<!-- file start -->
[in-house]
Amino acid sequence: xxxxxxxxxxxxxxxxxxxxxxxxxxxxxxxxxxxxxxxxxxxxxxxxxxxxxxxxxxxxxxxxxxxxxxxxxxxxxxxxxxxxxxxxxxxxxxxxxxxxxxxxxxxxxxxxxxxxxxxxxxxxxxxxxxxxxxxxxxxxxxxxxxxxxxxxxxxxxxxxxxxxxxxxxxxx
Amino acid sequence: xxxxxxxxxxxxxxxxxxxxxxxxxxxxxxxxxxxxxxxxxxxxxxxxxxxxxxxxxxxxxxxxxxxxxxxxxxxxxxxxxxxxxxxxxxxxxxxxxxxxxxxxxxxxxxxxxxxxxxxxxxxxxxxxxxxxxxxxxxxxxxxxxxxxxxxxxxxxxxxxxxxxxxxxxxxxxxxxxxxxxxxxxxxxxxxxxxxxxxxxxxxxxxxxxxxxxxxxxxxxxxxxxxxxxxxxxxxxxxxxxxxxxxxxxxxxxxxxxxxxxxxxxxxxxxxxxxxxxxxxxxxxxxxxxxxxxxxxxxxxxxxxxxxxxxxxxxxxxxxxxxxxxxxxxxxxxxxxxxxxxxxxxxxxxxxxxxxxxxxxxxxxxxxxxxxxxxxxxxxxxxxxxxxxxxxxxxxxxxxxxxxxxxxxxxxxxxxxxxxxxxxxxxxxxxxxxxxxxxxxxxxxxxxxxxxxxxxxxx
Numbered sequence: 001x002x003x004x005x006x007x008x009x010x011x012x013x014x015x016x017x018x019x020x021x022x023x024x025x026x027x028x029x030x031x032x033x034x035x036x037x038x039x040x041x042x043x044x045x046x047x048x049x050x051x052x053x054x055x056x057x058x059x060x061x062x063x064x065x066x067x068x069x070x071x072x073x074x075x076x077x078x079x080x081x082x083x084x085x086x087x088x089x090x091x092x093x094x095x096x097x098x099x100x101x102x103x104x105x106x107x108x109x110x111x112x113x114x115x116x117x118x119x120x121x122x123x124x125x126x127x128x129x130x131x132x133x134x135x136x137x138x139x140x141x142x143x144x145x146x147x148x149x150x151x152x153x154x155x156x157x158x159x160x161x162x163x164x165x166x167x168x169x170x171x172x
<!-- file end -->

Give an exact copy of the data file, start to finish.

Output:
[in-house]
Amino acid sequence: xxxxxxxxxxxxxxxxxxxxxxxxxxxxxxxxxxxxxxxxxxxxxxxxxxxxxxxxxxxxxxxxxxxxxxxxxxxxxxxxxxxxxxxxxxxxxxxxxxxxxxxxxxxxxxxxxxxxxxxxxxxxxxxxxxxxxxxxxxxxxxxxxxxxxxxxxxxxxxxxxxxxxxxxxxxx
Amino acid sequence: xxxxxxxxxxxxxxxxxxxxxxxxxxxxxxxxxxxxxxxxxxxxxxxxxxxxxxxxxxxxxxxxxxxxxxxxxxxxxxxxxxxxxxxxxxxxxxxxxxxxxxxxxxxxxxxxxxxxxxxxxxxxxxxxxxxxxxxxxxxxxxxxxxxxxxxxxxxxxxxxxxxxxxxxxxxxxxxxxxxxxxxxxxxxxxxxxxxxxxxxxxxxxxxxxxxxxxxxxxxxxxxxxxxxxxxxxxxxxxxxxxxxxxxxxxxxxxxxxxxxxxxxxxxxxxxxxxxxxxxxxxxxxxxxxxxxxxxxxxxxxxxxxxxxxxxxxxxxxxxxxxxxxxxxxxxxxxxxxxxxxxxxxxxxxxxxxxxxxxxxxxxxxxxxxxxxxxxxxxxxxxxxxxxxxxxxxxxxxxxxxxxxxxxxxxxxxxxxxxxxxxxxxxxxxxxxxxxxxxxxxxxxxxxxxxxxxxxxxx
Numbered sequence: 001x002x003x004x005x006x007x008x009x010x011x012x013x014x015x016x017x018x019x020x021x022x023x024x025x026x027x028x029x030x031x032x033x034x035x036x037x038x039x040x041x042x043x044x045x046x047x048x049x050x051x052x053x054x055x056x057x058x059x060x061x062x063x064x065x066x067x068x069x070x071x072x073x074x075x076x077x078x079x080x081x082x083x084x085x086x087x088x089x090x091x092x093x094x095x096x097x098x099x100x101x102x103x104x105x106x107x108x109x110x111x112x113x114x115x116x117x118x119x120x121x122x123x124x125x126x127x128x129x130x131x132x133x134x135x136x137x138x139x140x141x142x143x144x145x146x147x148x149x150x151x152x153x154x155x156x157x158x159x160x161x162x163x164x165x166x167x168x169x170x171x172x